Faces of Climate Change: Life on the Ice

The ocean sustains us in every way. It's the basis of our language. It's the basis of our rhythm in life. Everything that we are is defined by the sea. For part of the year the sea is covered with ice. The ice, the shallow sea below and the sky above is full of life. From dense clam beds on the seafloor to open leads, where bowhead whales swim and spectacled eiders gather by the hundreds of thousands to frozen haul-outs that provide pupping and feeding platforms for ringed seals and walruses. These habitats and animal communities form a special place at the top of the world. A place that is changing. This world will be a lot less rich a place if if we don't have these organisms that evolved over all these millions of years to operate and live in a in an ice-edge environment.

There's a whole suite of top predators that have evolved to eat those animals on the bottom. So they are things like diving ducks or spectacled eiders or king eider. There's bearded seals, there's gray whales that migrate all the way up here from Baja California that specialize in diving to the bottom eating amphipods on the bottom. And walruses are another famous part of the fauna up here that really depend upon having sea ice, shallow water column, and lots of animals on the bottom to feed on. The amazing thing with the spectacled eiders for instance that they all come to the same place in the Bering Sea and people didn't know why they came there. In fact it's only been about a dozen years that people knew where they spent the winter. If you have an old bird book and you look at it, it says something to the effect of "winter range poorly known somewhere in Bering Sea". Spectacled eiders nest in Russia, and on coastal tundra in Western Alaska. Since the 1970's their populations have decreased by 97%.

They winter off Saint Lawrence Island in leads in the pack ice where they dive from 40 to 70 meters for food in water that is -1.8 degrees centigrade. 270,000 birds winter here, only here, and that makes them vulnerable to ocean changes. Living on ice far from being a chilling challenge for the eiders actually helps them survive by saving them energy. Being out on the ice costs them about 50% less than being in the water. Water has a very high specific heat, and has a very high conductivity. If you were to stay in water at even 50°C you become very very cold. It's not really that cold, but the water just sucks that heat out of you. The same is true of these birds, and so being able to get out on the ice during long periods of time that we think they're not feeding is very important to them. Ice is also important for the eiders' food supply during the annual spring bloom. Nutrients from the ice combine with energy from the sun to create an explosion a oceanic phytoplankton: the base of the marine food web. But early spring blooms means that uneaten plankton falls to the shallow ocean floor before the season's growing population of zooplankton has a chance to eat its microscopic prey.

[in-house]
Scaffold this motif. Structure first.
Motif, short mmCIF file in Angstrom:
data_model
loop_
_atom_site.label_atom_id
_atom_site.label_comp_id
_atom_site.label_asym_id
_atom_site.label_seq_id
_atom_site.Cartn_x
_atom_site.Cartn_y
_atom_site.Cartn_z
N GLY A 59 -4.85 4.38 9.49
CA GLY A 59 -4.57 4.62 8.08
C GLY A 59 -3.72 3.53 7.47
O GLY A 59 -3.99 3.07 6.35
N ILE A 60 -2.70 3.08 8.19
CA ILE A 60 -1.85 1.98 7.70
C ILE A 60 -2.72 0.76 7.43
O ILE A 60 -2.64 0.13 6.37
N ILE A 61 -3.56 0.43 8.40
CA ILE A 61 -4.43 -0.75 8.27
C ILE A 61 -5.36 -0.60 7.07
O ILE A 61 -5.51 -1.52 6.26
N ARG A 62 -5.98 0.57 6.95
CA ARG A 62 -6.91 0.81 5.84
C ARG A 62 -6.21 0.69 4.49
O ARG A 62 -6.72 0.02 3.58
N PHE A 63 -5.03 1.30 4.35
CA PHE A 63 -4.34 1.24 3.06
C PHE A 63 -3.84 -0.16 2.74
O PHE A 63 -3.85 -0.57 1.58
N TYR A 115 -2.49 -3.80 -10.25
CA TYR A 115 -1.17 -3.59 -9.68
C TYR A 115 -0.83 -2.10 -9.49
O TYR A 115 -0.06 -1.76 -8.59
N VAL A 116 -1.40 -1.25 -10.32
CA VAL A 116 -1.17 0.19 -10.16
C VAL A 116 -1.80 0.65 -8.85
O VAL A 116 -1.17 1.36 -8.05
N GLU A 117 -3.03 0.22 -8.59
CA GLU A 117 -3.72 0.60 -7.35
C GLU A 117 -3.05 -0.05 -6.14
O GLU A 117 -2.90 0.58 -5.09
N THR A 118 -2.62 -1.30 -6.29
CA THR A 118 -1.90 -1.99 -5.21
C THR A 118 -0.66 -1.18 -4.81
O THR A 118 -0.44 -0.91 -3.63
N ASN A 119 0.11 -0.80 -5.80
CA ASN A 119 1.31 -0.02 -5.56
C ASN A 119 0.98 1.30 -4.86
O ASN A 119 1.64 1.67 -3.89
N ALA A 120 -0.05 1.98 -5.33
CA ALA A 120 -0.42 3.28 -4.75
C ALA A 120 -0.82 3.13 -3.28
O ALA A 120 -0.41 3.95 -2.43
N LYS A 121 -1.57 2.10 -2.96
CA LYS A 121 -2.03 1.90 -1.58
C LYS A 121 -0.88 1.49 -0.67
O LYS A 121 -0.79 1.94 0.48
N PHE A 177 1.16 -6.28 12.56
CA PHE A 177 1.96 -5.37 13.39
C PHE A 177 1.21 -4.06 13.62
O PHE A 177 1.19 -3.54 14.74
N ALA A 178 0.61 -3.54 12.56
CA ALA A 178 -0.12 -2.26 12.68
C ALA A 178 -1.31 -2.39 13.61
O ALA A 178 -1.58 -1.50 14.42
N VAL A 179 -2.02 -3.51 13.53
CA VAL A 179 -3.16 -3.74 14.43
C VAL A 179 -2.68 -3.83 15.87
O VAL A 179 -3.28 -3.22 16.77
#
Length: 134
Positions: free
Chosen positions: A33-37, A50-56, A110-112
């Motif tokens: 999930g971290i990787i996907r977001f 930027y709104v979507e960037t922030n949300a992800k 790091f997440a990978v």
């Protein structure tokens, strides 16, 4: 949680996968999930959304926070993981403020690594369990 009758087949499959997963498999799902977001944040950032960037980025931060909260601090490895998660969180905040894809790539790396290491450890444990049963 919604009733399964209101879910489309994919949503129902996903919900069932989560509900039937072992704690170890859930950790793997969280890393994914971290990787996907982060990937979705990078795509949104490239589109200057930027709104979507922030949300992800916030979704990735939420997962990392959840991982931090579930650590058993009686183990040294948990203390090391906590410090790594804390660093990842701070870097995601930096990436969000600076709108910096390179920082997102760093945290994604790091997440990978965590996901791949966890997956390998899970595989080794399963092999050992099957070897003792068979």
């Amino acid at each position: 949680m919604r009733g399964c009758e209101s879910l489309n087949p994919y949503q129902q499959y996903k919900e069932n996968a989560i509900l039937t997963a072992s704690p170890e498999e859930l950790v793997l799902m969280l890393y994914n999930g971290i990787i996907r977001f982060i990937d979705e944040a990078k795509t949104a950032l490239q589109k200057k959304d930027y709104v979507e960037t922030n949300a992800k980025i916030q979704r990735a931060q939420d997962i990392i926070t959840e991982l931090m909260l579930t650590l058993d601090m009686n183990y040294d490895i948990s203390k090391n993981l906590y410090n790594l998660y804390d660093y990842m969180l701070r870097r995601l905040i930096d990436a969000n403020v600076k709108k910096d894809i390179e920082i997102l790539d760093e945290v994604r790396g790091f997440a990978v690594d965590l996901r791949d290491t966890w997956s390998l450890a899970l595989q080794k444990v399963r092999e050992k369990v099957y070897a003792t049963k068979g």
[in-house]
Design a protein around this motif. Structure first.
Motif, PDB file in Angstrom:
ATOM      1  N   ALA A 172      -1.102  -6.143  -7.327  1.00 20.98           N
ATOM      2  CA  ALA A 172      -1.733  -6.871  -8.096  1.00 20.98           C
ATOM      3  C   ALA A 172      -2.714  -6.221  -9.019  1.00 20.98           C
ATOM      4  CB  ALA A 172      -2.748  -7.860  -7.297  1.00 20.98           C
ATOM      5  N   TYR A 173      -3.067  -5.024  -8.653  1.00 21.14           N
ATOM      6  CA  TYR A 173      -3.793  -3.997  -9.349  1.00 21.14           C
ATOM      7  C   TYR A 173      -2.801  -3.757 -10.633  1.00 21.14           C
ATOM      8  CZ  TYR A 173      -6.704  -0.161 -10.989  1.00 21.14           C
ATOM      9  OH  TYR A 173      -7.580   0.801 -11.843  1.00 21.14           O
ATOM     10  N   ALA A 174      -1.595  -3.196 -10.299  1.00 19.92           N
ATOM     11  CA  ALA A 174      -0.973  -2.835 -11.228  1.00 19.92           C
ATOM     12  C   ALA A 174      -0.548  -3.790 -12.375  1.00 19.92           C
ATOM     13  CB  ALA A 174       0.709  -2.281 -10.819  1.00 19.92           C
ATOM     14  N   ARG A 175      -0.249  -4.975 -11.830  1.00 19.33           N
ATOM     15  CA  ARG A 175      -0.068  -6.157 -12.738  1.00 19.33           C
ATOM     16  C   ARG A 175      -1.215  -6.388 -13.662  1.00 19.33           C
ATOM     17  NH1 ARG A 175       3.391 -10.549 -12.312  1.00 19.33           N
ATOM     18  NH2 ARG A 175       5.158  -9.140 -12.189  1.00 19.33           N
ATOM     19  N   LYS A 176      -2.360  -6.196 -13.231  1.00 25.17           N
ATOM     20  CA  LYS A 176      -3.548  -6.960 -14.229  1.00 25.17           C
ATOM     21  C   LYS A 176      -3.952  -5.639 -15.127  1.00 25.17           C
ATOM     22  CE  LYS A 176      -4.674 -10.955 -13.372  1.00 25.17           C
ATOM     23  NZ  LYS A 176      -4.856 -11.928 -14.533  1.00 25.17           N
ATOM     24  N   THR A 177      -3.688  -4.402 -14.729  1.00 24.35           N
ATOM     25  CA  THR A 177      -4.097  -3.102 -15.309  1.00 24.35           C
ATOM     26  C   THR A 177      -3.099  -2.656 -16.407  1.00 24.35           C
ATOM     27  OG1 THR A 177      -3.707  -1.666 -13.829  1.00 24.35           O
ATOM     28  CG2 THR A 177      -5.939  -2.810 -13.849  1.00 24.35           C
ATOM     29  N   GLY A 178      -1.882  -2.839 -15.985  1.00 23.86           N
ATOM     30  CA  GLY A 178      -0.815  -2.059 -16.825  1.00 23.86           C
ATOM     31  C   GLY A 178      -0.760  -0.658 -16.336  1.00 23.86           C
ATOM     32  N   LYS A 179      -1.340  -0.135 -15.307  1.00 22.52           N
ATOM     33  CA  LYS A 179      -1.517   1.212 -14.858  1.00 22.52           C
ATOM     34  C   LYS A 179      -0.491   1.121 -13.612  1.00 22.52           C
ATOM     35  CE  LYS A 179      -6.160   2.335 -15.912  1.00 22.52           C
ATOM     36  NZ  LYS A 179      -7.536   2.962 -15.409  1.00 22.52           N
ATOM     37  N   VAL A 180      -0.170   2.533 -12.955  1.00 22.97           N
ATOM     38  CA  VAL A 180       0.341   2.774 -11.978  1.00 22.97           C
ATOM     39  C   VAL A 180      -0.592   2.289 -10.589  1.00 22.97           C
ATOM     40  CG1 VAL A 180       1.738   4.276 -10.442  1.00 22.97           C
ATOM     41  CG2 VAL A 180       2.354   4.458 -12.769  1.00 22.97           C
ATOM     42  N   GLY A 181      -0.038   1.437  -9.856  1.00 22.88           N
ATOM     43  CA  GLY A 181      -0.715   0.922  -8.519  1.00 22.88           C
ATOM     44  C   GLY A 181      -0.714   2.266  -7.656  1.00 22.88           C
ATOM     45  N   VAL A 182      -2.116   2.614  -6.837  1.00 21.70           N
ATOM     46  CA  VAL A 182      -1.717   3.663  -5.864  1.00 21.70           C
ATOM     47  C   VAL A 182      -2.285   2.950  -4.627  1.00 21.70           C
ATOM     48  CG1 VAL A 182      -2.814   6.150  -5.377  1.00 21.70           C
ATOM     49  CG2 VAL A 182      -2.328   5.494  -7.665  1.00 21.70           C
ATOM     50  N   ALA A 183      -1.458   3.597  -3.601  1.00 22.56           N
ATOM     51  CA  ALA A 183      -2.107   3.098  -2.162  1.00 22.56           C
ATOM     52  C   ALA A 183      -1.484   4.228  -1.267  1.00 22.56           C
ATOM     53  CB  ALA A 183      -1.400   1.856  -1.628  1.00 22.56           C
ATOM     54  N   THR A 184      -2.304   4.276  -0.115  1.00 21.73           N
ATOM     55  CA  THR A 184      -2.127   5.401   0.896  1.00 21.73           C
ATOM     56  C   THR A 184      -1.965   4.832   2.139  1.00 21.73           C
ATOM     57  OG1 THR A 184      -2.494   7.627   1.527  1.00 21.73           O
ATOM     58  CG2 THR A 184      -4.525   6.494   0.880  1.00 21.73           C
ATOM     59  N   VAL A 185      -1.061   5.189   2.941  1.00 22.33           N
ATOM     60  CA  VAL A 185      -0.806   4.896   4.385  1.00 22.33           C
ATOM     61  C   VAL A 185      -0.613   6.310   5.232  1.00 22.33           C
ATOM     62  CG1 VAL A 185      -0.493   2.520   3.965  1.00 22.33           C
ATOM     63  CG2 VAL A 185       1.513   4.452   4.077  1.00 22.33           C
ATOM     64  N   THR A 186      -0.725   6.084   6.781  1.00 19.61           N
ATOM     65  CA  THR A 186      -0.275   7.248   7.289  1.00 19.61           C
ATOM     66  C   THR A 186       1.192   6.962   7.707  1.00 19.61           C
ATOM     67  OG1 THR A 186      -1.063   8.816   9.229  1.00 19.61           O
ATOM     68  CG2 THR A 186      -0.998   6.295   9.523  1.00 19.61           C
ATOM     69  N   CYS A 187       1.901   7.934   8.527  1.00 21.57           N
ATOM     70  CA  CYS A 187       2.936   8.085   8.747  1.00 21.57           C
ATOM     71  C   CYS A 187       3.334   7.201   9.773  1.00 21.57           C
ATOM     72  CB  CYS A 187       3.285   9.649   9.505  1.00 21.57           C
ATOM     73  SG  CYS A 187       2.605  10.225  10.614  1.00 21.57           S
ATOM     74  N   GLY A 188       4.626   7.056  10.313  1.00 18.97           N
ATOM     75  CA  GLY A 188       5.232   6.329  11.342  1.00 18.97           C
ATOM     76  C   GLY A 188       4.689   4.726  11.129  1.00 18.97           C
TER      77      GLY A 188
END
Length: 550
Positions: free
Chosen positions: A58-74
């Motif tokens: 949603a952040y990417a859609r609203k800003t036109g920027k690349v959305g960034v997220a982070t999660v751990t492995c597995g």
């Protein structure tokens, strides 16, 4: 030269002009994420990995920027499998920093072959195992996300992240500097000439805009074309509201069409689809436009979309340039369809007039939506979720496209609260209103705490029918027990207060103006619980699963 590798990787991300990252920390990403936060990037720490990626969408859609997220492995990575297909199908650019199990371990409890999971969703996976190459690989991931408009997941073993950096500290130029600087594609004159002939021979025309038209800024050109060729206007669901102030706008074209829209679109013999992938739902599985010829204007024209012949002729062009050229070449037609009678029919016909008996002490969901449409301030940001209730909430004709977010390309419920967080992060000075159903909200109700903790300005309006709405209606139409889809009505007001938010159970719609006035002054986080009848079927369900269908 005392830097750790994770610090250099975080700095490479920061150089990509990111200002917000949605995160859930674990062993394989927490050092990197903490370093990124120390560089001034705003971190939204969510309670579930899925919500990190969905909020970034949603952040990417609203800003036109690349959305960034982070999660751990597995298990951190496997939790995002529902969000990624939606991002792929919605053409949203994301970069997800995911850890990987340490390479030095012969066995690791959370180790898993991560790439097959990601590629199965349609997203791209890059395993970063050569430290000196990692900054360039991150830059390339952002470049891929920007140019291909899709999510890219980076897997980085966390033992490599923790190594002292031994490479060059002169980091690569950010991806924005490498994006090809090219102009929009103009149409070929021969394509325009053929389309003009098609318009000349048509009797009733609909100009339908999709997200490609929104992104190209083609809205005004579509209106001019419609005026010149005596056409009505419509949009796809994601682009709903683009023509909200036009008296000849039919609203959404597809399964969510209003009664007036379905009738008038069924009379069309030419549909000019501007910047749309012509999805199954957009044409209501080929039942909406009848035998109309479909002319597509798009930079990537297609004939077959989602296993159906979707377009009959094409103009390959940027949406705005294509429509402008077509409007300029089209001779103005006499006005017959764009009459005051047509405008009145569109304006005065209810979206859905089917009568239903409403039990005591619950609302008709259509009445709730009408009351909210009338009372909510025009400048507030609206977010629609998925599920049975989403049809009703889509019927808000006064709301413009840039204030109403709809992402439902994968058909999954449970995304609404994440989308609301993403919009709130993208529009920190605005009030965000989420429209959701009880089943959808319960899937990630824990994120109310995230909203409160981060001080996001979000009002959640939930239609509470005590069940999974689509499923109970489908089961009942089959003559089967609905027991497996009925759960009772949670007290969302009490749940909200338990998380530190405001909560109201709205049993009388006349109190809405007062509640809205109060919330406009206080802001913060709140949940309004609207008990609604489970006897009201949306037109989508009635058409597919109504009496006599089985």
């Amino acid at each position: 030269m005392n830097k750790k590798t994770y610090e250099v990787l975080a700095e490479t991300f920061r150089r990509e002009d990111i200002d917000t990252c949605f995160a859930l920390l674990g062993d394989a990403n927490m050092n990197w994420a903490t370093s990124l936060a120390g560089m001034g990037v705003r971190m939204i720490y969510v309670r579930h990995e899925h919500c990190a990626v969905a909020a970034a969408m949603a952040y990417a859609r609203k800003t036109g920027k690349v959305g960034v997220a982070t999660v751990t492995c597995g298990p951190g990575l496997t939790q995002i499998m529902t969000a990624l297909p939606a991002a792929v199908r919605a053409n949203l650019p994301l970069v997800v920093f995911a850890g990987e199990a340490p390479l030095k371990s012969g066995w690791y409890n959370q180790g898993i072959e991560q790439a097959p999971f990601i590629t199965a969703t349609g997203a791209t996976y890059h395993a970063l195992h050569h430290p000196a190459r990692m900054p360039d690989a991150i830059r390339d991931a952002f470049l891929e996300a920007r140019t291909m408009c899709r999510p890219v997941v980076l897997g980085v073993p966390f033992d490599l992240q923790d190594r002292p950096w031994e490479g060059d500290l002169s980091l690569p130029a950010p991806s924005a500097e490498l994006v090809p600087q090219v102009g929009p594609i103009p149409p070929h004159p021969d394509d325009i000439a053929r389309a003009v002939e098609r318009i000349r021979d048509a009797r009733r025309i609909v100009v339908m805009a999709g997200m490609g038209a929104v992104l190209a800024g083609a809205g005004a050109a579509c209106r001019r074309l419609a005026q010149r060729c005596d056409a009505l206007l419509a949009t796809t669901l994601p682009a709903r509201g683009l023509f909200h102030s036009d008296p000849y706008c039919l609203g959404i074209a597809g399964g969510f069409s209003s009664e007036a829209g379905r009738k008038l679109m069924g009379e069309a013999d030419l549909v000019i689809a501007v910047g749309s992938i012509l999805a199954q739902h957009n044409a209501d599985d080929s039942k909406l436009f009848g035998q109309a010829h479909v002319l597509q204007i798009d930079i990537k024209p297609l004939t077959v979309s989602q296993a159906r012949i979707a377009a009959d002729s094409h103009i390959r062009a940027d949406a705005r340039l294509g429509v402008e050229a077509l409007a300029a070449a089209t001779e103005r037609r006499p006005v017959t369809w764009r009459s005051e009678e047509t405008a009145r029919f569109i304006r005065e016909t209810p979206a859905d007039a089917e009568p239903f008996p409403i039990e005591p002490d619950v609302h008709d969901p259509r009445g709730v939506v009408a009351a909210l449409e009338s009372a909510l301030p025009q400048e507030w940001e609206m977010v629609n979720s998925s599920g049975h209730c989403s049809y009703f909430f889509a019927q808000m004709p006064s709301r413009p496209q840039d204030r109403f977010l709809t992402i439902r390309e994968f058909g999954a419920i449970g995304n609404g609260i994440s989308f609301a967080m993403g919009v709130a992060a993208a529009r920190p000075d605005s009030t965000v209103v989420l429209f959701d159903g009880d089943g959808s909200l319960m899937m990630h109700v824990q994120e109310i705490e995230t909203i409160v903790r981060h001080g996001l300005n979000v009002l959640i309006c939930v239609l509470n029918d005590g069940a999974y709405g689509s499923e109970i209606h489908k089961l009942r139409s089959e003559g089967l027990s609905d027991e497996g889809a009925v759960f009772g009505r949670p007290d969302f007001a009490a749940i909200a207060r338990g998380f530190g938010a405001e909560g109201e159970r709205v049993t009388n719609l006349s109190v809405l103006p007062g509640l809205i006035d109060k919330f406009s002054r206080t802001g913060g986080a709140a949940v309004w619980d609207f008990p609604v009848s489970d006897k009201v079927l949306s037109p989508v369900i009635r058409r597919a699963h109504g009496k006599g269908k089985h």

And the idea is that if you didn't have that ice that the spring, bloom would occur much later. It would be more protracted, and the zooplankton would of have had enough time to build up their numbers to where they could graze a lot of that material before it gets to the bottom. And you would switch from a kind of bottom dominated ecosystem to one that was more occurring in the water column, where much more of that energy was burned up in the water column and didn't get to the bottom to the animals that eiders like to eat. Ringed seals are one of the most ice-loving of all arctic animals. They can be found wherever there is sea ice. Ringed seals feed along the frozen coast and give birth to pups in hidden snowy lairs where they have greater protection from the cold as well as from predators like polar bears.

They're one of the smallest seals. So you have the seals breeding at the highest latitude with the smallest pups The pups maybe weigh 5 to 10 pounds when they're born. They're quite tiny and they don't have a blubber layer yet that the adults have. At the time of year they're born starting late March through April it's still quite cold in the high Arctic and they would perish very quickly from hypothermia were it not for being under this insulating snow cover. But like Arctic ice cover, snow cover is also decreasing and snow melts are coming earlier, making it even more essential to understand the seals life histories. Borrowing a trick from the Canadian Inuit, researchers use dogs to sniff out lairs and observed seals, collecting data on their condition and survival rates. Underwater researchers use hydrophones to track the adult seals foraging movements. These and other studies seek to understand how will seals cope as the climate continues to change.

Walruses use sea ice quite a bit and you know they're expected to be impacted by that. We would like to know how and in which ways. They seem to be designed pretty well to feed on clams. They root around in the bottom sediments and soft sediments and they use their whiskers to filter through the sediments and take just their prey that way. When they come upon a clam they purse the clam in their lips and suck the meat out of the shell and just drop the shell and move on. But they're very efficient feeders. They're pretty good at it. They need the sea ice to be able to haul out and rest. If they're in an area that's rich in food, if there isn't ice there for them use after they forage for a day or up to a few days at a time, they can't persist in those areas. The two things kind of go hand in hand. Obviously walruses use sea ice quite a bit and you know they're expected to be impacted by that. We'd like now how and which ways..